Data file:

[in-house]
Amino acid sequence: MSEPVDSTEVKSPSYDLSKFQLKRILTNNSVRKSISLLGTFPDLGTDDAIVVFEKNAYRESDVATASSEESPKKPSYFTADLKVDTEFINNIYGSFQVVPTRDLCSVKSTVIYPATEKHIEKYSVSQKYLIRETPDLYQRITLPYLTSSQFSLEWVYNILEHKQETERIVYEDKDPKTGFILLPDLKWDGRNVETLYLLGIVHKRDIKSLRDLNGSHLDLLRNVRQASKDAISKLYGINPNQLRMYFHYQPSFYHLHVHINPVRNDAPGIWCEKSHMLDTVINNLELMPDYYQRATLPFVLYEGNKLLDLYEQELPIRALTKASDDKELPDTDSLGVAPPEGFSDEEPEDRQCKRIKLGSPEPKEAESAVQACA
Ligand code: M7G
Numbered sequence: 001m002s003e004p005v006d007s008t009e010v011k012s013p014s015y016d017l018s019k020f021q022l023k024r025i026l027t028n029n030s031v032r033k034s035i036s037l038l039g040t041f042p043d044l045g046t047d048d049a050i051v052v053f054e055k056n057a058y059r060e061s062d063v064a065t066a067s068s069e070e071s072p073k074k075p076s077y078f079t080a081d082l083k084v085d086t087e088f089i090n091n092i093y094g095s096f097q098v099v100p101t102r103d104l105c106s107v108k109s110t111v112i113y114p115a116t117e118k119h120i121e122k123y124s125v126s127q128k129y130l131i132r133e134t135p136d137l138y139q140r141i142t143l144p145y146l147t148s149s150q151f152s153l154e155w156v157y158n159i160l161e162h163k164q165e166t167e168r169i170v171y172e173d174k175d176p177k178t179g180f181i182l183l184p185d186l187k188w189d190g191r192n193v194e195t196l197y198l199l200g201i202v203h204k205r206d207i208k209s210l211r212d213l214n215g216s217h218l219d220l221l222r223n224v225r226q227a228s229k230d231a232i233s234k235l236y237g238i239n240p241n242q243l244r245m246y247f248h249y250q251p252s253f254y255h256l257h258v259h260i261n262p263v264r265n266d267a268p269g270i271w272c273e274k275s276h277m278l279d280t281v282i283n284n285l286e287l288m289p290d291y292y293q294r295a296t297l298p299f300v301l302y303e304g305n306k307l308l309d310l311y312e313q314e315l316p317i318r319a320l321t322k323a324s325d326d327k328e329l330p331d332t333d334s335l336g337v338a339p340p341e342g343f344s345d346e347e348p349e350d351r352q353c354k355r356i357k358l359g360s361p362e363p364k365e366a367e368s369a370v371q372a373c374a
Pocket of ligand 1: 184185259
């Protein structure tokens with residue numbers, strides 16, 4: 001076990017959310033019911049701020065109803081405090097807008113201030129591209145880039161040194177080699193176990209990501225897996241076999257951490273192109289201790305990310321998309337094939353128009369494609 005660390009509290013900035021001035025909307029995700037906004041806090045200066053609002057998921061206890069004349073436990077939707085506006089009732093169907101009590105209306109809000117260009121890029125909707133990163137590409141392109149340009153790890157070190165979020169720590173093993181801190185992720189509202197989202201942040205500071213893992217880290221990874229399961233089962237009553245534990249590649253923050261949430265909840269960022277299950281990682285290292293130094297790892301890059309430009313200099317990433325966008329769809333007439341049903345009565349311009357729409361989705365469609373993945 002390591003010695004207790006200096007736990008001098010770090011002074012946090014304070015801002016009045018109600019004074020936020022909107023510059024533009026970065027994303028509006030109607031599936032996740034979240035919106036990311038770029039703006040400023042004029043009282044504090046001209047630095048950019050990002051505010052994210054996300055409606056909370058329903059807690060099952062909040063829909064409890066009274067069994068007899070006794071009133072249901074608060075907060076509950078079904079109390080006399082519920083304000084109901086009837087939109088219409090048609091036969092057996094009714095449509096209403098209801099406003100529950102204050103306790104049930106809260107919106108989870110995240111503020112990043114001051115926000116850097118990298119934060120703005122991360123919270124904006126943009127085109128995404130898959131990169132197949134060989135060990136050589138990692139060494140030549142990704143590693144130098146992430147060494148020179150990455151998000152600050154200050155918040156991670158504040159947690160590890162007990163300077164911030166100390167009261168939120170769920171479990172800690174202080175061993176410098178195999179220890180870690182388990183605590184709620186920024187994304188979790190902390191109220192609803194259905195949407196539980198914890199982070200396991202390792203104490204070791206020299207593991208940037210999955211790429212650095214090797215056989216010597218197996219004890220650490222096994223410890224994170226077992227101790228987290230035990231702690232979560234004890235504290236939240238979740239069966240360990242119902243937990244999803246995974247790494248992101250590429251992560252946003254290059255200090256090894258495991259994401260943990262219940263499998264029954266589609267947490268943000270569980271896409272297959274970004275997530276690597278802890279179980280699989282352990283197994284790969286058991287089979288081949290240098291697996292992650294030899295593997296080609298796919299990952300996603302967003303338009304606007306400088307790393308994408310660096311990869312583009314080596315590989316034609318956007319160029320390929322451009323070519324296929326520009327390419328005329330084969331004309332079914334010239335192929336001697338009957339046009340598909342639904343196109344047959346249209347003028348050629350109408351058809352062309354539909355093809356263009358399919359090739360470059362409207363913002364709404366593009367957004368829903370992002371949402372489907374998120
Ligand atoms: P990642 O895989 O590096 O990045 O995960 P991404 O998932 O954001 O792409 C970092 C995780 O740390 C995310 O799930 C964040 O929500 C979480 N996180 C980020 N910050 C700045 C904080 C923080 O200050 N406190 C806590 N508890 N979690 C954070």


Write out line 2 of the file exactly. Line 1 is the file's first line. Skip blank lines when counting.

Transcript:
Amino acid sequence: MSEPVDSTEVKSPSYDLSKFQLKRILTNNSVRKSISLLGTFPDLGTDDAIVVFEKNAYRESDVATASSEESPKKPSYFTADLKVDTEFINNIYGSFQVVPTRDLCSVKSTVIYPATEKHIEKYSVSQKYLIRETPDLYQRITLPYLTSSQFSLEWVYNILEHKQETERIVYEDKDPKTGFILLPDLKWDGRNVETLYLLGIVHKRDIKSLRDLNGSHLDLLRNVRQASKDAISKLYGINPNQLRMYFHYQPSFYHLHVHINPVRNDAPGIWCEKSHMLDTVINNLELMPDYYQRATLPFVLYEGNKLLDLYEQELPIRALTKASDDKELPDTDSLGVAPPEGFSDEEPEDRQCKRIKLGSPEPKEAESAVQACA